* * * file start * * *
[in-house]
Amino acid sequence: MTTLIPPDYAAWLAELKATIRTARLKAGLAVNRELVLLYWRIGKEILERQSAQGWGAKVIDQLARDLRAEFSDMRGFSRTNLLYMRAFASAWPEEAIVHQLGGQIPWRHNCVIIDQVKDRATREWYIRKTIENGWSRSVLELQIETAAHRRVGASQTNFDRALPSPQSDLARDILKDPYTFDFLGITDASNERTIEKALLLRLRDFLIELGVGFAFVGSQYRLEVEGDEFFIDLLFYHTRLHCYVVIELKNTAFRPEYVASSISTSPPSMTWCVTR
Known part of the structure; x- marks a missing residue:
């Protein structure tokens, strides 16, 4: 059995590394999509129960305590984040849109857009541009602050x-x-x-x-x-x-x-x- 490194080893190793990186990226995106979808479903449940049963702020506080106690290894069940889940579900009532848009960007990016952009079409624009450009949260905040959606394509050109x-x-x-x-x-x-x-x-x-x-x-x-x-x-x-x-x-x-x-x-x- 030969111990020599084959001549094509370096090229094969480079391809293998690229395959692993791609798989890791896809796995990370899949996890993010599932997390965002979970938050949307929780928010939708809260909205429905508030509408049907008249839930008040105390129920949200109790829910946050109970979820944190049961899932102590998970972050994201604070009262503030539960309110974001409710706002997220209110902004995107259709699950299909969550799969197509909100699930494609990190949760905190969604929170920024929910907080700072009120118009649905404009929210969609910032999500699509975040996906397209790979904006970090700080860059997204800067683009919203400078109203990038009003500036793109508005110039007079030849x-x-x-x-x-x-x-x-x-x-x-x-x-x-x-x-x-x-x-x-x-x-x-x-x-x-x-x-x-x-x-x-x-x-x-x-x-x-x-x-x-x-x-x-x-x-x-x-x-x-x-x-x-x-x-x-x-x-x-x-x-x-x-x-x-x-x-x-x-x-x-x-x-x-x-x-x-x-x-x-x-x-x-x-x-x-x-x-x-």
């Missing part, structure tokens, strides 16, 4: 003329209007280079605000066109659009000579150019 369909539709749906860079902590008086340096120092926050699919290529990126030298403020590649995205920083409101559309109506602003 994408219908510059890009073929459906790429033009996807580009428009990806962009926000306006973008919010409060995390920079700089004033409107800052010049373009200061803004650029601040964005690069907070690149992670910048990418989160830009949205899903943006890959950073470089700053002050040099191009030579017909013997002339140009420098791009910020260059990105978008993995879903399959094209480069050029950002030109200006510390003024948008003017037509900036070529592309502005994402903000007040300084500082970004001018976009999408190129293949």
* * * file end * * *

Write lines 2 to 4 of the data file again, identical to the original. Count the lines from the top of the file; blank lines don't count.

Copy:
Amino acid sequence: MTTLIPPDYAAWLAELKATIRTARLKAGLAVNRELVLLYWRIGKEILERQSAQGWGAKVIDQLARDLRAEFSDMRGFSRTNLLYMRAFASAWPEEAIVHQLGGQIPWRHNCVIIDQVKDRATREWYIRKTIENGWSRSVLELQIETAAHRRVGASQTNFDRALPSPQSDLARDILKDPYTFDFLGITDASNERTIEKALLLRLRDFLIELGVGFAFVGSQYRLEVEGDEFFIDLLFYHTRLHCYVVIELKNTAFRPEYVASSISTSPPSMTWCVTR
Known part of the structure; x- marks a missing residue:
């Protein structure tokens, strides 16, 4: 059995590394999509129960305590984040849109857009541009602050x-x-x-x-x-x-x-x- 490194080893190793990186990226995106979808479903449940049963702020506080106690290894069940889940579900009532848009960007990016952009079409624009450009949260905040959606394509050109x-x-x-x-x-x-x-x-x-x-x-x-x-x-x-x-x-x-x-x-x- 030969111990020599084959001549094509370096090229094969480079391809293998690229395959692993791609798989890791896809796995990370899949996890993010599932997390965002979970938050949307929780928010939708809260909205429905508030509408049907008249839930008040105390129920949200109790829910946050109970979820944190049961899932102590998970972050994201604070009262503030539960309110974001409710706002997220209110902004995107259709699950299909969550799969197509909100699930494609990190949760905190969604929170920024929910907080700072009120118009649905404009929210969609910032999500699509975040996906397209790979904006970090700080860059997204800067683009919203400078109203990038009003500036793109508005110039007079030849x-x-x-x-x-x-x-x-x-x-x-x-x-x-x-x-x-x-x-x-x-x-x-x-x-x-x-x-x-x-x-x-x-x-x-x-x-x-x-x-x-x-x-x-x-x-x-x-x-x-x-x-x-x-x-x-x-x-x-x-x-x-x-x-x-x-x-x-x-x-x-x-x-x-x-x-x-x-x-x-x-x-x-x-x-x-x-x-x-």